Wednesday, November 16, 2005

sex outside the genre

people have been posting about sex in mysteries. mary louisa and pj parrish wrote about it in their blogs. if i weren't so lazy, i'd provide links.

there has always been talk about how most men of mystery can't write love scenes. or even sex scenes.

most people know this already, but before writing thrillers i wrote romantic suspense, women's fiction, and romance under another name. Thirteen books. So you'd think i'd have the sex and romance figured out. yesterday i spent a large part of the day removing the romantic relationship from my current project. it was just clunky. why? i should be able to do this. and it wasn't that there was no time for romance. it wasn't some ridiculous scene where gunfire is everywhere and the couple decides to make out. there was a place for it. so now i'm thinking that mysteries, and in my case thrillers, don't often lend themselves to deep relationships. the entire book is focused in another direction. in romance, it always leads to consumation, even if understated and subconscious. in romance, the unspoken goal is the bonding of the main characters. this is where the book has been leading from page one, no matter how many diversions it may have taken. in a thriller, the goal is to find the killer, stop the killer, defeat the killer. the reader is in that race with you. hopefully. and anything that takes them out of that race just feels wrong. or maybe i just can't write romance anymore.


Rob Gregory Browne said...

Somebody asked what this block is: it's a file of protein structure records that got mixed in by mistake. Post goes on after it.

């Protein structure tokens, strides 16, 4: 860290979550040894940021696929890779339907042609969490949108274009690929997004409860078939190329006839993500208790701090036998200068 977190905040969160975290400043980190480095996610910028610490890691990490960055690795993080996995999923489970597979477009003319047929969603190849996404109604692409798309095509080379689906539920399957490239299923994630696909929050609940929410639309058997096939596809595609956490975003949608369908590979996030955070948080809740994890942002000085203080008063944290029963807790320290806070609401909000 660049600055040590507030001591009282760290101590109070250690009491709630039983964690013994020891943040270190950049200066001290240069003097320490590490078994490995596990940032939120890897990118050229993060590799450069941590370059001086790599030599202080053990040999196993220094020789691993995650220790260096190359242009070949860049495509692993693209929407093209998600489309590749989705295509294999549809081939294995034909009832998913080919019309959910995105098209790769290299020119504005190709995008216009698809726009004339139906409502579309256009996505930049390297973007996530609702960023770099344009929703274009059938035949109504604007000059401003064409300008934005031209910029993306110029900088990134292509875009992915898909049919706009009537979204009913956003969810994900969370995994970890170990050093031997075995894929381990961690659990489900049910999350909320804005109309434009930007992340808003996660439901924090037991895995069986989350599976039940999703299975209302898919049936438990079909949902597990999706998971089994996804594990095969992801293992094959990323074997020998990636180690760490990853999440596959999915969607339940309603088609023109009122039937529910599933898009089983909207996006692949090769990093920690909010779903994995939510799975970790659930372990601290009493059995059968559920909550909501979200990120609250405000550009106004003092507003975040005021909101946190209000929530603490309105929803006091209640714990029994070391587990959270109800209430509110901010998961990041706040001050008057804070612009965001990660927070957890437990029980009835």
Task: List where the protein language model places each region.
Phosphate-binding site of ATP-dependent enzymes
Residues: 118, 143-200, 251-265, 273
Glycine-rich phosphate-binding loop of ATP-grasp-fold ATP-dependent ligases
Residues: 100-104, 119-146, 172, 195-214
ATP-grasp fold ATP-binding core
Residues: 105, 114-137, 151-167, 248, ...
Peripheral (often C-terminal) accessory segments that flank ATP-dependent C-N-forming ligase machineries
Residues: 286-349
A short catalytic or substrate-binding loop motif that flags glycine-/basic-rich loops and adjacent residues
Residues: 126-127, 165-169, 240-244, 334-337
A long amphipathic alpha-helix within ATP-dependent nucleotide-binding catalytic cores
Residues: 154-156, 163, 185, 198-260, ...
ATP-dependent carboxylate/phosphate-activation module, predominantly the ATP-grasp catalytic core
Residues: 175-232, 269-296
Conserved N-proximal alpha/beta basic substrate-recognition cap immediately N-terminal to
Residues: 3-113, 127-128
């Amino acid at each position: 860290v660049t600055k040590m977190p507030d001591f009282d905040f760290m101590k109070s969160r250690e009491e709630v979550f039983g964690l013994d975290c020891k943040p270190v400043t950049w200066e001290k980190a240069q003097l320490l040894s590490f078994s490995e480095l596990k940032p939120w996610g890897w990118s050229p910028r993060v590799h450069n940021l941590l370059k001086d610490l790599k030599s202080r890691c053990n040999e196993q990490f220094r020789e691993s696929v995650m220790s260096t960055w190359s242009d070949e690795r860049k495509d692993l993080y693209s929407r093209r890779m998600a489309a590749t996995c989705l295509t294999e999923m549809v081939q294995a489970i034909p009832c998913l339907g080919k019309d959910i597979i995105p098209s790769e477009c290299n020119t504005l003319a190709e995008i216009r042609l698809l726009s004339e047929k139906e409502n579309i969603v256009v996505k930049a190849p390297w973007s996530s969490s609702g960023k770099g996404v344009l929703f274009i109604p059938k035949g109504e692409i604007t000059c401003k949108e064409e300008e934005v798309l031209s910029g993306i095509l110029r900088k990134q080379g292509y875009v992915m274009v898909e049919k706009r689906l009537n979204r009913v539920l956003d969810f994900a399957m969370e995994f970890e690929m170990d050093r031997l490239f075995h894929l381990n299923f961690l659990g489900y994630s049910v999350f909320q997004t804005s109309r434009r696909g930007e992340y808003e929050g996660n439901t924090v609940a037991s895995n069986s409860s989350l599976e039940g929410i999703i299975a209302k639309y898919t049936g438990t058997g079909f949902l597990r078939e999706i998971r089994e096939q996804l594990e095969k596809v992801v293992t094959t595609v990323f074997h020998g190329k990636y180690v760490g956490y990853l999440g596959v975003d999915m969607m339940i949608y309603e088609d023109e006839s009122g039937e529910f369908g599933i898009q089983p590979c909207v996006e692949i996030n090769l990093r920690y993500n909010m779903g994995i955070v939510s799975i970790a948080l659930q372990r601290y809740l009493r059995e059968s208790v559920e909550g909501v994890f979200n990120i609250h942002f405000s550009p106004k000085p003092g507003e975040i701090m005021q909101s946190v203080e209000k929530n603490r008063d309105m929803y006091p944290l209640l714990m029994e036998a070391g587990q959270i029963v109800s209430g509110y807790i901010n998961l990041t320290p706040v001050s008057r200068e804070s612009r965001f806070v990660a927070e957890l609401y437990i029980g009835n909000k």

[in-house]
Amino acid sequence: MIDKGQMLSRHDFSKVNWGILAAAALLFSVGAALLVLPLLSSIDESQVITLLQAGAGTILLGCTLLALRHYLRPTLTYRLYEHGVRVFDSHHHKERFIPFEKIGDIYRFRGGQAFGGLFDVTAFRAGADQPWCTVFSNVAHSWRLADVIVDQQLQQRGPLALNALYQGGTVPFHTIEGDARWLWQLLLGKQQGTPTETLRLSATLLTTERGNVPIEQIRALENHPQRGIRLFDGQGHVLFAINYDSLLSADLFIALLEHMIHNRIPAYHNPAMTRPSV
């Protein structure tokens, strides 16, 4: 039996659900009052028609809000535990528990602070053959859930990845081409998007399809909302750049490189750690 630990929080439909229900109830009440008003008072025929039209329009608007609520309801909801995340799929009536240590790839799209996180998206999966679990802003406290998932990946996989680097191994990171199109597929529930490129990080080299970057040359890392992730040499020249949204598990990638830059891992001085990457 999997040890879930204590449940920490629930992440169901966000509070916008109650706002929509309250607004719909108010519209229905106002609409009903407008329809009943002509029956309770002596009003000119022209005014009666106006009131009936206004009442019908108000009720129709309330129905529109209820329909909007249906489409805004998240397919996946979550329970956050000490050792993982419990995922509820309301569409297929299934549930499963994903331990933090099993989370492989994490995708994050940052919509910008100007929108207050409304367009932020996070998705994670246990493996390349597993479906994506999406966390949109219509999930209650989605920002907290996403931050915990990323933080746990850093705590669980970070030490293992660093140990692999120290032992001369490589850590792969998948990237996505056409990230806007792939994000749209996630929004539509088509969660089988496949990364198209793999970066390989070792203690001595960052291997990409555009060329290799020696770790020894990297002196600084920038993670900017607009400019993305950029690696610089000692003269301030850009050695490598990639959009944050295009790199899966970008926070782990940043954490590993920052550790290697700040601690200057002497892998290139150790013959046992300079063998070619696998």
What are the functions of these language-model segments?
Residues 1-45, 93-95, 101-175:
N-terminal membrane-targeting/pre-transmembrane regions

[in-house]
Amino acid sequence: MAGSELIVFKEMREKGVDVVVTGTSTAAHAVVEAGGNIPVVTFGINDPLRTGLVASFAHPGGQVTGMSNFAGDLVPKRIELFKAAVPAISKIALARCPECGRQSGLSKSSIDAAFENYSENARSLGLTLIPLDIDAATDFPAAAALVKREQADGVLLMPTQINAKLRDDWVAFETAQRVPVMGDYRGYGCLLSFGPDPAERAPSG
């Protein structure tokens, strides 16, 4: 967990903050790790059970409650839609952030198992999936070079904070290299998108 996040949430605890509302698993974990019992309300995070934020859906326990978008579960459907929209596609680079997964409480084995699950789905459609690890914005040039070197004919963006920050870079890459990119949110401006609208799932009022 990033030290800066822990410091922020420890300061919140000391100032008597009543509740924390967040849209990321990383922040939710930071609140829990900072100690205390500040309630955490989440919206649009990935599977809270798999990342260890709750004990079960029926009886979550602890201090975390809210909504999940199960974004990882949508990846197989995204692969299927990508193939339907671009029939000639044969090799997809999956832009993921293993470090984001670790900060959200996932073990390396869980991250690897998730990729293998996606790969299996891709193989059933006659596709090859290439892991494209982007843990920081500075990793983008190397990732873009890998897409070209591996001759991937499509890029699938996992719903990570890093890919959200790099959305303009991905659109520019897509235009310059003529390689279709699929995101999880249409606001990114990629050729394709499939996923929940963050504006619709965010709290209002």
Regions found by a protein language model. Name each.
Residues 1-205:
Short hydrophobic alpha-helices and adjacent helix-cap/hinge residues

My thriller, A Measure of Darkness, has a thread of romance through it, but it's such a small part of the story that it's almost nonexistent.

I think it's important to have SOME kind of romantic thread, unless, of course, it just seems tacked on and, as you say, clunky.

But I think PJ was talking about sex. Are sex scenes really necessary, even if you have romance? To my mind they're a distraction. I don't care to watch the hero or heroine strut their stuff. Let me just IMAGINE that they're great in bed.

I'm not a prude. A good sex scene on paper can often be better than one on screen, but unless it relates directly to the forward movement of the plot, I see no use for it.

But that's me.

Jeff said...

Anne- I think unless a mystery or thriller novel contains a sub plot providing a basis for description of the romantic and/or sexual encounter, the reader can often feel detoured from the main story. Because sex is such a natural part of life it can certainly have a place in the story, but it's up to the individual writer to make it work and not have it come across as rushed or out of place. Sex scenes added simply to spice up the story or alter the pace rarely succeed.

anne frasier said...

but i haven't given up on sex in the morgue. keep your fingers crossed for that scene. :D i'm not there yet, so i don't know if i'll delete it.

Rob Gregory Browne said...

All of the above said, I've read many thrillers that have sex scenes and those scenes DIDN'T distract. I guess it all boils down to the skill of the writer...

Anonymous said...

If you take out the morgue scene, I'm going to be seriously PO'd. ;)

Mary Louisa said...

LOL Jason! Me too.

Ya know, the early sex scene with Flora and David in PLAY DEAD is really, really good, Anne. Not distracting. Rocking and real. It is even more compelling to me because David is zonked out of his mind. Does this make me weird?

anne frasier said...

rob -- I agree!
jason and mary louisa: i'll keep you posted!

mary louisa: yes.


Rob Gregory Browne said...

The difference with the David/Flora sex scene is that it was crucial to the story. That scene HAD to exist so that we could get inside Flora's head and understand her attraction to David other than the superficial.

Plus the fact that it was wonderfully written.

Sex just for sex's sake is rarely good (in a thriller, that is).